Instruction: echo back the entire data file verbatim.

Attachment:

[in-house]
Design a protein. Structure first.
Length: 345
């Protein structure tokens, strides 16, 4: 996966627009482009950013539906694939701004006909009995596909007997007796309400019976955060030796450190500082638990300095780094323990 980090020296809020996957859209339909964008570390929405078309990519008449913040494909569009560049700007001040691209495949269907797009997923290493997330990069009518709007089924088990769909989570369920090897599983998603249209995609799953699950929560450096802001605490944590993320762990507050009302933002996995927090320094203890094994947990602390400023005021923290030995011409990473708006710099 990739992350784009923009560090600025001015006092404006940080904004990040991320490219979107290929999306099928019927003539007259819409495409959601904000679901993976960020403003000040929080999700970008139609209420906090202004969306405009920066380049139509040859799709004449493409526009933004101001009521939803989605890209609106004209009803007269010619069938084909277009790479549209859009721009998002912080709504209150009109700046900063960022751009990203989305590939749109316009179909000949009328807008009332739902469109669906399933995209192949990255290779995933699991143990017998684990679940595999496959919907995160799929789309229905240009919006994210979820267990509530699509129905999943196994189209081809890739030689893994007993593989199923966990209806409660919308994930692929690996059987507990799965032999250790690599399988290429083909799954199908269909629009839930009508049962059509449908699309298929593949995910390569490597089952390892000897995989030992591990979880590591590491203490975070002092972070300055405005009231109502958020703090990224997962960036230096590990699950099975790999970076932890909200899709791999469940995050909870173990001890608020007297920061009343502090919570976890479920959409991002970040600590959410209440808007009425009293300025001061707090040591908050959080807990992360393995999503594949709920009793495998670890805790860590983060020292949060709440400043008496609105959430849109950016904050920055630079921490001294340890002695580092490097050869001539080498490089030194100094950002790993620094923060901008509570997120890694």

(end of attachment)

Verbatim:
[in-house]
Design a protein. Structure first.
Length: 345
């Protein structure tokens, strides 16, 4: 996966627009482009950013539906694939701004006909009995596909007997007796309400019976955060030796450190500082638990300095780094323990 980090020296809020996957859209339909964008570390929405078309990519008449913040494909569009560049700007001040691209495949269907797009997923290493997330990069009518709007089924088990769909989570369920090897599983998603249209995609799953699950929560450096802001605490944590993320762990507050009302933002996995927090320094203890094994947990602390400023005021923290030995011409990473708006710099 990739992350784009923009560090600025001015006092404006940080904004990040991320490219979107290929999306099928019927003539007259819409495409959601904000679901993976960020403003000040929080999700970008139609209420906090202004969306405009920066380049139509040859799709004449493409526009933004101001009521939803989605890209609106004209009803007269010619069938084909277009790479549209859009721009998002912080709504209150009109700046900063960022751009990203989305590939749109316009179909000949009328807008009332739902469109669906399933995209192949990255290779995933699991143990017998684990679940595999496959919907995160799929789309229905240009919006994210979820267990509530699509129905999943196994189209081809890739030689893994007993593989199923966990209806409660919308994930692929690996059987507990799965032999250790690599399988290429083909799954199908269909629009839930009508049962059509449908699309298929593949995910390569490597089952390892000897995989030992591990979880590591590491203490975070002092972070300055405005009231109502958020703090990224997962960036230096590990699950099975790999970076932890909200899709791999469940995050909870173990001890608020007297920061009343502090919570976890479920959409991002970040600590959410209440808007009425009293300025001061707090040591908050959080807990992360393995999503594949709920009793495998670890805790860590983060020292949060709440400043008496609105959430849109950016904050920055630079921490001294340890002695580092490097050869001539080498490089030194100094950002790993620094923060901008509570997120890694």